I am cleaning my pantry.
Here are some embarrassing items I have found – embarrassing because I’m not going to use them before I leave:
1) A can of sweetened adzuki beans, bought with some vague Japanese dessert plan, and who left me wondering why exactly can’t I make it from real adzuki in case I wanted to. I still don’t have an answer to that, and anyway the chances of me trying my hand at doing adzuki paste filled mochi are getting thinner by the hour.
2) A small sachet of powdered ‘latte macchiato’, a promotional gift from a pharmacy. There are a lot of pharmacies in Germany and they try to buy you out by giving you little presents – these particular powders were awful, and I’m not sure of why I kept them – or maybe they were not that awful, it is just that I’m not into powdered drinks. I preferred the pharmacy where they gave you little paper blocks.
3) A bag of kamut, the oldest item to date, bought a few days after I moved to Germany in a moment of enthusiasm for all the organic supermarkets: I did not like it, I found it bland when compared to spelt or barley, and it takes ages to cook.
4) Three packets of powdered sugar. When I think I have finished something, I keep on buying it until I have a huge supply. Three packets of breadcrumbs, same logic.
5) A bar of agar agar, bought before I found where they sell the powder here, and mother to more than one culinary disaster – I’d like to know what was in the head of the supermarket’s buyer when he decided to stock solid agar agar as opposed to powder.
6) Some Vietnamese rice paper, and with ‘some’ I mean something like two hundred leaves: considering that four are plenty for a meal, and that I make little rice paper rolls – very cute! – maybe every two months, I wonder how long this stock could last me.
But there is plenty of interesting stuff as well: Italian Venere rice, pitch black, still vacuum packed; my mother’s candied tomatoes and some Calabrese sun-dried tomatoes in oil, both extremely useful for I’m-too-tired-from-packing-to-cook type of dinners. I also had five different types of sweeteners, two types of flakes, and five types of seeds. That could find a natural solution: just ask Kim Boyce what to do with it. In ‘Good to the Grain‘ there is a recipe for a seeded granola. You know those bars of seed brittle you see sometimes in market stalls (at least in Italy) or ethnic shops? She was inspired by that to make a granola. Mind you, it is not health stuff like my usual granola. It has butter and sugar(s). But when you think that most of it is nevertheless good seeds and good flakes, and that you’d probably pick this granola as a snack over any slice of cake or cookie, it is a pretty healthy treat.
I twisted the recipe considerably. I think this is the idea: it is one of those recipe where the more, the merrier: just pile it on. What brings it together are two things: the generous amount of butter and sugar caramel coating everything, where any sugar substitute will only add welcome funkiness to the mix; and a pinch of cayenne, difficult to pin but definitely there, and oh so addictive. I used a ‘Zuckerrüber syrup‘ – beetroot syrup- I have been using as a reasonable substitute for molasses in several recipe, with a lovely caramel flavour, and then some agave syrup, some honey, and a coin of palm sugar. All those sweeteners are pretty interesting in their own way, but I find that palm sugar works particularly well when making granola. I like to use palm sugar when cooking savoury dishes, of course, and that’s why I bought it, but although I have never made a cake with it, it is a great addition to crumbles and compotes, wherever you want some fudgy flavour, but not as strong as molasses.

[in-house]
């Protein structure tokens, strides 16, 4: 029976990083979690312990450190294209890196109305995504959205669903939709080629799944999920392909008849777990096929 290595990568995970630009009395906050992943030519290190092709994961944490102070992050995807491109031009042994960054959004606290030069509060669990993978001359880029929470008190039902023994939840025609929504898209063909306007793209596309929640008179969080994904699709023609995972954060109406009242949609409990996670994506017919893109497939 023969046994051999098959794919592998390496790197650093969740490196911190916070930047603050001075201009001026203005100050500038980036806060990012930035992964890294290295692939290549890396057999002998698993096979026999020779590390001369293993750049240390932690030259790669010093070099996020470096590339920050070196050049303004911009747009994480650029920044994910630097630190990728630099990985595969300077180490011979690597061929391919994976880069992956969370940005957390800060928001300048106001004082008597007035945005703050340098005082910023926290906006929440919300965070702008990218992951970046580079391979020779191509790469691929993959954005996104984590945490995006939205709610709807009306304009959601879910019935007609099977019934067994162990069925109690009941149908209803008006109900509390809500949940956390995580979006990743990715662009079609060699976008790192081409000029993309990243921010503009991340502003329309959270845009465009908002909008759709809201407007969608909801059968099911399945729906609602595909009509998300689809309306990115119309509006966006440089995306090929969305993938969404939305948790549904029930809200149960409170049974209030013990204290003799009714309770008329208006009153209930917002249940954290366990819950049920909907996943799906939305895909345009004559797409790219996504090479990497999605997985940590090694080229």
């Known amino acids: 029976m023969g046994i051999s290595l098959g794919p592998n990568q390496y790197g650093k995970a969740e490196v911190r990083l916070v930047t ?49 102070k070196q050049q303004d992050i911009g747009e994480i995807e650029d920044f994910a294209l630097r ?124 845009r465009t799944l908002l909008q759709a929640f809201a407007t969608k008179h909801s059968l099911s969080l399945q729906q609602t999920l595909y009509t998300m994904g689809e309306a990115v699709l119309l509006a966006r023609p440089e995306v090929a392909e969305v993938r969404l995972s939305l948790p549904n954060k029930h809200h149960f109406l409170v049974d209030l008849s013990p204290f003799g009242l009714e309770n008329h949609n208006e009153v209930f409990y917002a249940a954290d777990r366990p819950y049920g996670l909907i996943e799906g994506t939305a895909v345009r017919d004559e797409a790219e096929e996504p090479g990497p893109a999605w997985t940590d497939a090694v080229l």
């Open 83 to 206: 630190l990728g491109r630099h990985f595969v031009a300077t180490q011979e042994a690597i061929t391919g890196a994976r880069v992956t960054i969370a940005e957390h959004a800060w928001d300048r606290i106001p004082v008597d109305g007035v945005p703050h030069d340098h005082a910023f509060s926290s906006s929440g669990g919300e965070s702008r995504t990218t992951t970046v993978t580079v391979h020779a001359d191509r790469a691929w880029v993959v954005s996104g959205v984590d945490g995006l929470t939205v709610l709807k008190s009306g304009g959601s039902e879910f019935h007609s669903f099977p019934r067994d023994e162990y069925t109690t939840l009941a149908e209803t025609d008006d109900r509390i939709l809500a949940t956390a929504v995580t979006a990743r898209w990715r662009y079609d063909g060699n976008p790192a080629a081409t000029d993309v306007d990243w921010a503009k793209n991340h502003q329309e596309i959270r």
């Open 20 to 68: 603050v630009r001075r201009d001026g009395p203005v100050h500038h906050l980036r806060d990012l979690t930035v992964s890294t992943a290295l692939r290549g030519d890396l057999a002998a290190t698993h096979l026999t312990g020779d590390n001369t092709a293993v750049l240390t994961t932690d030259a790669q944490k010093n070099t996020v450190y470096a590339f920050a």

Just one note. The measurements are given in cups because this is how I make granola – I just grab a generic tea cup and use it for all ingredients. Works pretty well for me.
What is the item in your pantry you are less likely to cook with, right now? And the most precious one?
2 cups rolled oats
2 cups rolled spelt flakes
1 cup sunflower seeds
1/2 cup flaxseed
2 tablespoons black sesame seeds
2 tablespoons white sesame seeds
2 tablespoons poppy seeds
1/4 teaspoon cayenne pepper
1/4 cup molasses
1/4 cup agave syrup
2 tablespoons honey
50 gr palm sugar
1 teaspoon flaky salt
70 gr sugar
Preheat the oven to 150 C. Take two baking sheets and line them with parchment paper. Butter the parchment paper.
Measure and mix flakes, seeds and cayenne. Wet the palm sugar with some water if it is very hard, let the moisture softer it a bit, then crush it in a mortar (you can also grate it, but 50 gr is a lot of sugar to grate) . Mix it with the other sweeteners, salt and butter in a heavy bottomed pan. Put over medium heat until bubbling. Mix to make sure all palm sugar has dissolved, then leave the syrup on heat until even the center is bubbling clearly. Take it off the heat and pour over the flakes and seed mixture. Mix with a wooden spoon or a spatula until every single flake is well coated; this will take a few minute of thorough stirring. Arrange on the baking sheet, pressing it slightly.
Bake for 10′ then scrape the borders to the center and put back in the oven. Repeat 3-4 times until all the granola is a dark colour, to taste. Dont’ worry if it is soft – it will harden as it cools down. Let it cool without stirring to encourage clump formation. Finally, when it is completely cold, stir in an air tight jar. It will keep for at least one week, in case you don’t finish it.